The Hungarian Air Force (Hungarian: Magyar Légierő) is the air force branch of the Hungarian Defence Forces.The task of the current Hungarian Air Force is primarily defensive purposes. The flying units of the air force are organised into a single command; under the Air Command and Control CentreList of Rhodesian flags
This is a list of flags used in Southern Rhodesia between 1890 and 1964 and Rhodesia between 1964 and 1979. The evolution of Southern Rhodesia from a British South African Company concern, to a British Colony, then to a member of a Federal Government, then to a self-declared state is evident by the different flags used.
For flags after these dates see Flags of Zimbabwe.List of public art in Whitehall
This is a list of public art in Whitehall, a district in the City of Westminster, London.
Whitehall is at the centre of the highest concentration of memorials in the City of Westminster, in which 47% of the total number of such works in the borough are located. It includes the eponymous street of Whitehall and Horse Guards Parade, both important ceremonial spaces, and Horse Guards Road, which forms its western boundary with St James's Park. The area's monuments are mainly military in character, foremost among them being the Cenotaph, which is the focal point of the national Remembrance Sunday commemorations held each year.London Transport (brand)
London Transport (LT) was the public name and brand used by a series of public transport authorities in London, England, from 1933. Its most recognizable feature was the bar-and-circle 'roundel' logo. With its origins in the Underground Electric Railways Company of London (UERL), the brand was first used by the London Passenger Transport Board (LPTB) to unify the identity of the previously separately owned and managed London Underground, Metropolitan Railway, bus and tram services. The London Transport brand was extended under the direction of Frank Pick to all aspects of transport operation including poster designs, tickets, train livery, seat upholstery and the station architecture of Charles Holden. When public transport operation was taken over by Transport for London (TFL) from London Regional Transport (LRT) in 2000, the London Transport brand was discontinued and replaced with Transport for London's own branding, which incorporates many features of the London Transport brand including the 'roundel' symbol and the Johnston font.London Underground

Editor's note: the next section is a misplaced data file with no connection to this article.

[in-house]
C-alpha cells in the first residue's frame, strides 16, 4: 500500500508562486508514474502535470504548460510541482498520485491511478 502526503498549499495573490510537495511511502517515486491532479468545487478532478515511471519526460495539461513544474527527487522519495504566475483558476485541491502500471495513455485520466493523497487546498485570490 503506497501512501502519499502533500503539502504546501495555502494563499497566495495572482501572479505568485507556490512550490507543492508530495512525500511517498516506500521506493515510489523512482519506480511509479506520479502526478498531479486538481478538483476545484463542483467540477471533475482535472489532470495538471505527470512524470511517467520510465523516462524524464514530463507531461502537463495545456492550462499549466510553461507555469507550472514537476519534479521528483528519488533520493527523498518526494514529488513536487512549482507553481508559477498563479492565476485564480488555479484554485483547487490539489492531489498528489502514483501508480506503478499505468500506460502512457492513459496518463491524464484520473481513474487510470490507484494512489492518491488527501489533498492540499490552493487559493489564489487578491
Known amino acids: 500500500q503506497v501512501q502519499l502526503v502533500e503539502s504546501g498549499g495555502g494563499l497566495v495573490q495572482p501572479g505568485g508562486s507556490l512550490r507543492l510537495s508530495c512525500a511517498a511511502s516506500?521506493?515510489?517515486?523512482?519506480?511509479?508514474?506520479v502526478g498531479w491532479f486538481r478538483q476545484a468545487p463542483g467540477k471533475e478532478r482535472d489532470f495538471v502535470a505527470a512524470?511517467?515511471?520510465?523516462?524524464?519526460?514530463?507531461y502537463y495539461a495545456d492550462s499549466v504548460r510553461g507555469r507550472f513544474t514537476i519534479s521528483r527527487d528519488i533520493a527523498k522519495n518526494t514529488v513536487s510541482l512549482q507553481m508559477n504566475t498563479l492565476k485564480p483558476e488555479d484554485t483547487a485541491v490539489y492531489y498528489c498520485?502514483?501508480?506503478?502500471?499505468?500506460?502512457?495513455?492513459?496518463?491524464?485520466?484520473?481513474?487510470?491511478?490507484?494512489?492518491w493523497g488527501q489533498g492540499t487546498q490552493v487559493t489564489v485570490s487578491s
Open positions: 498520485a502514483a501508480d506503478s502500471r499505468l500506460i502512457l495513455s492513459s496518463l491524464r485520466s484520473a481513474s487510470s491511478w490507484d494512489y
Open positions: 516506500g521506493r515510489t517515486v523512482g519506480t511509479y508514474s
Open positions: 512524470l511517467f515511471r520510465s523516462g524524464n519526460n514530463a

The London Underground (also known simply as the Underground, or by its nickname the Tube) is a public rapid transit system serving London, England and some parts of the adjacent counties of Buckinghamshire, Essex and Hertfordshire in the United Kingdom.The Underground has its origins in the Metropolitan Railway, the world's first underground passenger railway. Opened in January 1863, it is now part of the Circle, Hammersmith & City and Metropolitan lines; the first line to operate underground electric traction trains, the City & South London Railway in 1890, is now part of the Northern line. The network has expanded to 11 lines, and in 2017/18 carried 1.357 billion passengers, making it the world's 11th busiest metro system. The 11 lines collectively handle up to 5 million passengers a day.The system's first tunnels were built just below the surface, using the cut-and-cover method; later, smaller, roughly circular tunnels—which gave rise to its nickname, the Tube—were dug through at a deeper level. The system has 270 stations and 250 miles (400 km) of track. Despite its name, only 45% of the system is underground in tunnels, with much of the network in the outer environs of London being on the surface. In addition, the Underground does not cover most southern parts of Greater London, and there are only 29 stations south of the River Thames.The early tube lines, originally owned by several private companies, were brought together under the "UndergrounD" brand in the early 20th century and eventually merged along with the sub-surface lines and bus services in 1933 to form London Transport under the control of the London Passenger Transport Board (LPTB). The current operator, London Underground Limited (LUL), is a wholly owned subsidiary of Transport for London (TfL), the statutory corporation responsible for the transport network in Greater London. As of 2015, 92% of operational expenditure is covered by passenger fares. The Travelcard ticket was introduced in 1983 and Oyster, a contactless ticketing system, in 2003. Contactless card payments were introduced in 2014, the first public transport system in the world to do so.The LPTB was a prominent patron of art and design, commissioning many new station buildings, posters and public artworks in a modernist style. The schematic Tube map, designed by Harry Beck in 1931, was voted a national design icon in 2006 and now includes other TfL transport systems such as the Docklands Light Railway, London Overground, Crossrail (which is officially called Elizabeth Line) and Tramlink. Other famous London Underground branding includes the roundel and Johnston typeface, created by Edward Johnston in 1916.Military aircraft insignia